Global FI fines ‘drop by half’

The value of global financial institution enforcement penalties reduced by 49 per cent in 2021, finds data from Fenergo.

Last year, fines to firms and their employees totalled $5.4 billion for non-compliance with Anti-Money Laundering and data privacy regulations, according to the research. This compares to $10.6 billion in 2020 – when there were several investigations into the 1Malaysia Development Berhad scandal.

Noteworthy cases in 2021 include a $2.03 billion penalty issued to UBS by France over historic tax fraud and $673.2 million in fines by US regulators to a number of banks, including a $100,000,000 fine to UAE institution Mashreqbank PSC over allegedly violating sanctions.

The study found that the total volume of fines levied to financial institutions for compliance breaches was approximately 176 compared to 760 in the same period the year prior.

The report revealed that the average fine value for AML-related compliance breaches issued to financial institutions in 2021 was $34.4 million.

In November, Credit Suisse was fined £147 million the Financial Conduct Authority (FCA) for the issue of corrupt loans worth $1.3 billion. A month later, the UK watchdog fined HSBC $63.9 million for failings in its anti-money laundering processes.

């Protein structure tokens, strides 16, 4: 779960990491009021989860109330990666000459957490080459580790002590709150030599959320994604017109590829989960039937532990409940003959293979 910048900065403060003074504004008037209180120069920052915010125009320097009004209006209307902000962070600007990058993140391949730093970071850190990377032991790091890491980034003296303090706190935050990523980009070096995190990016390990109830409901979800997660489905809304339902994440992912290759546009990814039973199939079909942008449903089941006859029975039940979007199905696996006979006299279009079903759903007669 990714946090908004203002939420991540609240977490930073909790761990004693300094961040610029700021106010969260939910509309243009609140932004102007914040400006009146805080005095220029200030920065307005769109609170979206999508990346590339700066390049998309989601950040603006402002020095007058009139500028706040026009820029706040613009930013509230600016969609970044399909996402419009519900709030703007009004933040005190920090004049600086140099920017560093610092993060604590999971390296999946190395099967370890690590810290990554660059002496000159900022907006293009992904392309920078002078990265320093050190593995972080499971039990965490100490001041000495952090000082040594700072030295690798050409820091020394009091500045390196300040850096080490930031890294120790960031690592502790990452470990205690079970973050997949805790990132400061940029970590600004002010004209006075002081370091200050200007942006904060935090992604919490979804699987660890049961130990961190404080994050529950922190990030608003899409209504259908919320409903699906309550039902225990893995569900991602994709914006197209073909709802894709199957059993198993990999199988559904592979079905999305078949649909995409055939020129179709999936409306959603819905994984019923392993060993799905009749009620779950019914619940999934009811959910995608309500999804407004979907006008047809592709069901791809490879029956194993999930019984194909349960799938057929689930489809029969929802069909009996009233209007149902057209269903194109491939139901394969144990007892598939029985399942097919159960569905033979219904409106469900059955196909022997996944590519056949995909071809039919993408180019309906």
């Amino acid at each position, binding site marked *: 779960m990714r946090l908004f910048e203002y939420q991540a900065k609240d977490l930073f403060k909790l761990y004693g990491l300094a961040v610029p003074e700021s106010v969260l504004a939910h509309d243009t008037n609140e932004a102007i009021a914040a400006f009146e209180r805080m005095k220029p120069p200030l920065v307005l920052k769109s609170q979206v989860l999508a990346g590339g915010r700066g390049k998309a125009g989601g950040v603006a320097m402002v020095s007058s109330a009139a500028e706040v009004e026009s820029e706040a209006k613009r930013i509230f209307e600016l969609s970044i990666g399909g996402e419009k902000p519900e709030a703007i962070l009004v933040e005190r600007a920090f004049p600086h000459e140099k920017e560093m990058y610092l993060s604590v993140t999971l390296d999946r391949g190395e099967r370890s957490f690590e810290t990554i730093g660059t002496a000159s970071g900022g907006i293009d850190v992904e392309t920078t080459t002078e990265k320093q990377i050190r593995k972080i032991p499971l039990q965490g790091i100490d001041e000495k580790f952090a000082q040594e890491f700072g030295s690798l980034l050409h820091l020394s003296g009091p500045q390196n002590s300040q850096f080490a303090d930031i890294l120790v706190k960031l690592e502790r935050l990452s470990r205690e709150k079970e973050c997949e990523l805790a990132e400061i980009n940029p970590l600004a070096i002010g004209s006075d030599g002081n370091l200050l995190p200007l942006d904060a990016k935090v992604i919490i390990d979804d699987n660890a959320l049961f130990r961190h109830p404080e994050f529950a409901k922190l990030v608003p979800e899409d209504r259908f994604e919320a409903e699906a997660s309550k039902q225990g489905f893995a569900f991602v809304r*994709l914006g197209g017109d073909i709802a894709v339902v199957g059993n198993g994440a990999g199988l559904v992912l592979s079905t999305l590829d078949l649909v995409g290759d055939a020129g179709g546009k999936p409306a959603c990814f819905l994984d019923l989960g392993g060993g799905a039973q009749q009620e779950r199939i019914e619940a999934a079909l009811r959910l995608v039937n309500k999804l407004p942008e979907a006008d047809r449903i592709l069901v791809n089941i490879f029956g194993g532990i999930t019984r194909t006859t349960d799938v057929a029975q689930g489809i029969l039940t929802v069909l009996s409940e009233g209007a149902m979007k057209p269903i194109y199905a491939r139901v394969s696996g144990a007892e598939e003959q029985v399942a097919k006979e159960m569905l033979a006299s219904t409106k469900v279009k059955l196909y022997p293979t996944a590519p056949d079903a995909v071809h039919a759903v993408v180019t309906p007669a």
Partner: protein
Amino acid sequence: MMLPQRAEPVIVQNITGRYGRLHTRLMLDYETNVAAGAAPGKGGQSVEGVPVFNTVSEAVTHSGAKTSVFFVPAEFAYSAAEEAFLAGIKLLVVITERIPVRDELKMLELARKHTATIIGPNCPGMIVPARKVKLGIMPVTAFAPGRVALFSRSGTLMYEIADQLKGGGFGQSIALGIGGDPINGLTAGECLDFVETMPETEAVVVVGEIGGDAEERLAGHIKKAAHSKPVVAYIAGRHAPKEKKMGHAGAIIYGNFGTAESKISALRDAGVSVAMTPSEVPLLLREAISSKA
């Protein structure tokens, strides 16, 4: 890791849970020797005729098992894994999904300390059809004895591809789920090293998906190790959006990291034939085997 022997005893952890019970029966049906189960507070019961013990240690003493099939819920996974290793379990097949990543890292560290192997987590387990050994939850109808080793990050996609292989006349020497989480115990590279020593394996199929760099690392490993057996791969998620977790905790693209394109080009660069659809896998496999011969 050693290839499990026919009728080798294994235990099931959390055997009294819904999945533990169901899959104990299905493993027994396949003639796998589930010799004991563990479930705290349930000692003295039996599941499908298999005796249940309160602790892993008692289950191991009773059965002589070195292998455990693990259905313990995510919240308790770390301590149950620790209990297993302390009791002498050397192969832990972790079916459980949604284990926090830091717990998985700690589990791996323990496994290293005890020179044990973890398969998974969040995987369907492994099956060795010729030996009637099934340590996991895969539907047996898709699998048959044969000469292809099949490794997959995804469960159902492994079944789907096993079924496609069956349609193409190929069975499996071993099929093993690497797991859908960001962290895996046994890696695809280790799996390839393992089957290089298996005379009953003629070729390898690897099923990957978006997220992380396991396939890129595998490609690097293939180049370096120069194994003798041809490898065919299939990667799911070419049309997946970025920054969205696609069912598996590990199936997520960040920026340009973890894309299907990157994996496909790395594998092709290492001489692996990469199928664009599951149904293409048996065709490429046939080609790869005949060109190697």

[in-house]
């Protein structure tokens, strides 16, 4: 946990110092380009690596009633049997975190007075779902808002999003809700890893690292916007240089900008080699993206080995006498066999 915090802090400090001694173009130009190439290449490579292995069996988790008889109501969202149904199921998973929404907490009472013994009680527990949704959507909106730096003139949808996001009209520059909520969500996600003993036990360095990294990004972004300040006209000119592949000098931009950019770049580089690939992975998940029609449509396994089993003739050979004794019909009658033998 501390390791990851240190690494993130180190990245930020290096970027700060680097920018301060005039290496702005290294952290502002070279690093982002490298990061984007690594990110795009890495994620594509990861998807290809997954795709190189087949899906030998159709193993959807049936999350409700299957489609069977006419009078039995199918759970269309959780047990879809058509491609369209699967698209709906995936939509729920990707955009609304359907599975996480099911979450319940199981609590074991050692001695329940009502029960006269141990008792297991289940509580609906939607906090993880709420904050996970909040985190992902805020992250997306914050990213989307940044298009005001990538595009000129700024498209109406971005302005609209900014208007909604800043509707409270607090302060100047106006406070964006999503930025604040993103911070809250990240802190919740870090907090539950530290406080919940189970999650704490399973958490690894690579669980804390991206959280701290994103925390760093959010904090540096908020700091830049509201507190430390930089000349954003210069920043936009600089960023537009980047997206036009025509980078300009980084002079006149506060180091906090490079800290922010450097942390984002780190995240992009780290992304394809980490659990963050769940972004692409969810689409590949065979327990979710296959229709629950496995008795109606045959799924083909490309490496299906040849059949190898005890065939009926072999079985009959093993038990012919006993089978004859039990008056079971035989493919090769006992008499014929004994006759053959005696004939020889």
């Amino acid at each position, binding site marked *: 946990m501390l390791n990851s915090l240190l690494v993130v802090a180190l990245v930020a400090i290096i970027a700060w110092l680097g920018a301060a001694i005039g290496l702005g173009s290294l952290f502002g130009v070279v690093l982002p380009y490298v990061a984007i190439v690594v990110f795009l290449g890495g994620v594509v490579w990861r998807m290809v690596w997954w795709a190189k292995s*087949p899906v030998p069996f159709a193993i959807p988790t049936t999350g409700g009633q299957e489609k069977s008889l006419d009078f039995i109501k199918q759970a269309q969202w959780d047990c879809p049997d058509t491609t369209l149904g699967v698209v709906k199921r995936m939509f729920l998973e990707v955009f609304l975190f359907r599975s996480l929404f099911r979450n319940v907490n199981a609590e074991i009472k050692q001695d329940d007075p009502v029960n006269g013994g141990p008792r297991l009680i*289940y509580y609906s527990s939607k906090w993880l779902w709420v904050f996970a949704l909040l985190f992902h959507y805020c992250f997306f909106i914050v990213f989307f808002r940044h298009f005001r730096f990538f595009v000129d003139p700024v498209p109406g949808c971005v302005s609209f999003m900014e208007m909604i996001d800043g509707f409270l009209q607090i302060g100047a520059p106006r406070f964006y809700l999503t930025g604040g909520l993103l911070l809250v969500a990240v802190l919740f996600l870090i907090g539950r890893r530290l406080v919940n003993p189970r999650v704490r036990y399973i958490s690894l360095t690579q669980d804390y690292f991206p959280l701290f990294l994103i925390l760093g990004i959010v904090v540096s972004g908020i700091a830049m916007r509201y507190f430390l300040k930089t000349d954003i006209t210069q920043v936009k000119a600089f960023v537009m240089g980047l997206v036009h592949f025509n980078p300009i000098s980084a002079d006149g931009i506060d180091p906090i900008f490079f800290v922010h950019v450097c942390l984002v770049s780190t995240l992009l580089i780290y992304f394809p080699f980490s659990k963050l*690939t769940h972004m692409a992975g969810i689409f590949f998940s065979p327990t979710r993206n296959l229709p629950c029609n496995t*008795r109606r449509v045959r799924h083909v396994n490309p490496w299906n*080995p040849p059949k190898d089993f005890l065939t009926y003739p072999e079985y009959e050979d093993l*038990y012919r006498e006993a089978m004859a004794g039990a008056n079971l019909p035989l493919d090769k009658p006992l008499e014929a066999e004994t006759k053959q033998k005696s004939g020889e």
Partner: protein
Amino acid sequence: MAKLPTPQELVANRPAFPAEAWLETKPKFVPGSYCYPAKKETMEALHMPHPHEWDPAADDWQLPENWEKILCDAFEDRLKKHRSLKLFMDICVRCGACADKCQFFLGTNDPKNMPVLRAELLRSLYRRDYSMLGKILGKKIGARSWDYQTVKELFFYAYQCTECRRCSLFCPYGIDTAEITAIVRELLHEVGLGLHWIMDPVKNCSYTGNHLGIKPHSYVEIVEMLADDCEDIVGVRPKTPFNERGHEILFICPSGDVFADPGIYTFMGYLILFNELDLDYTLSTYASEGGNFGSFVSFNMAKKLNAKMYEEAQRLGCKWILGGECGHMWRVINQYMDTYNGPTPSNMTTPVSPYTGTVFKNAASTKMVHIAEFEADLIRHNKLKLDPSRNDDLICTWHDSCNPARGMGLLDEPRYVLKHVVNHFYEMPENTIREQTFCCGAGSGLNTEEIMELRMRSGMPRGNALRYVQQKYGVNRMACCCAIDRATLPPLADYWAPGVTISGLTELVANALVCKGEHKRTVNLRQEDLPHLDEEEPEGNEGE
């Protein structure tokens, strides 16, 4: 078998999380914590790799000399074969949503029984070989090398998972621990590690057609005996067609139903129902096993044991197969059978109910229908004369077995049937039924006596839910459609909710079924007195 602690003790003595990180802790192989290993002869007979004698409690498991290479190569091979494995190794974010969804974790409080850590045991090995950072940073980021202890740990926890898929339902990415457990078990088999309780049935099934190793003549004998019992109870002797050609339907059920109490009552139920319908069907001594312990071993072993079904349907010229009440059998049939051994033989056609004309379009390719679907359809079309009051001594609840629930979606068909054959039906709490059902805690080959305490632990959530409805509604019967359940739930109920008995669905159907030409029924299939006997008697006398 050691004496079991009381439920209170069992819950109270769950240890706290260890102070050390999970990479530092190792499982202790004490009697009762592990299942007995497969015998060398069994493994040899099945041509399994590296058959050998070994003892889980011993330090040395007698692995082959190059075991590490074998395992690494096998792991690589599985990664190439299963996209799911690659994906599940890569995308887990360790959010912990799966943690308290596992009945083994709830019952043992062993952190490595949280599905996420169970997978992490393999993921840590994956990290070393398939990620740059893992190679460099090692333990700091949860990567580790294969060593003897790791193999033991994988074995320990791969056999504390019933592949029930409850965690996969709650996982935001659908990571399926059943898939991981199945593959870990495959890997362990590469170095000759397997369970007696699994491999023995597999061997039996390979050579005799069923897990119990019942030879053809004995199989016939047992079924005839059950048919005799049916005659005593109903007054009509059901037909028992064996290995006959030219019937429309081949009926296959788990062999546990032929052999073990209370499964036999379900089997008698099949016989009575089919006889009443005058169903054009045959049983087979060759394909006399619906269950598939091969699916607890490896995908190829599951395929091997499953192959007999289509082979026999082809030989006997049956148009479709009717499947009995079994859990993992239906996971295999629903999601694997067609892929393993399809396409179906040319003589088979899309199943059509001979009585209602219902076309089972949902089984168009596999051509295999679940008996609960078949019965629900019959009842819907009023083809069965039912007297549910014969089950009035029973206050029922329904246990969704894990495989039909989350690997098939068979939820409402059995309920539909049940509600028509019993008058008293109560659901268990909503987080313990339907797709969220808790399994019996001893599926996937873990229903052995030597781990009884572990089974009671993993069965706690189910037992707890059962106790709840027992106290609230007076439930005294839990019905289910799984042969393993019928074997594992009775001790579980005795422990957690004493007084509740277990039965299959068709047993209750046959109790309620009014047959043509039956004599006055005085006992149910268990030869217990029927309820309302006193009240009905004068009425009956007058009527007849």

“The decrease in fines in 2021 is largely attributed to a reduction in the number of multi-billion-dollar fines compared to previous years,” said Rachel Woolley, global director of financial crime, Fenergo. “The pandemic has also impacted regulatory investigations; regulators weren’t able to initiate as many on-premise investigations in the last two years which has likely had a knock-on effect on enforcement actions.

“Trends identified in our research, as well as recent financial crime scandals, suggest that financial institutions aren’t adequately equipped to manage the financial crime risks to which they are exposed. Without effective AML/KYC systems and controls that allow firms to not only know their customer and the associated risks, but also understand their behaviour throughout their lifecycle – the door will be left open for criminals.”

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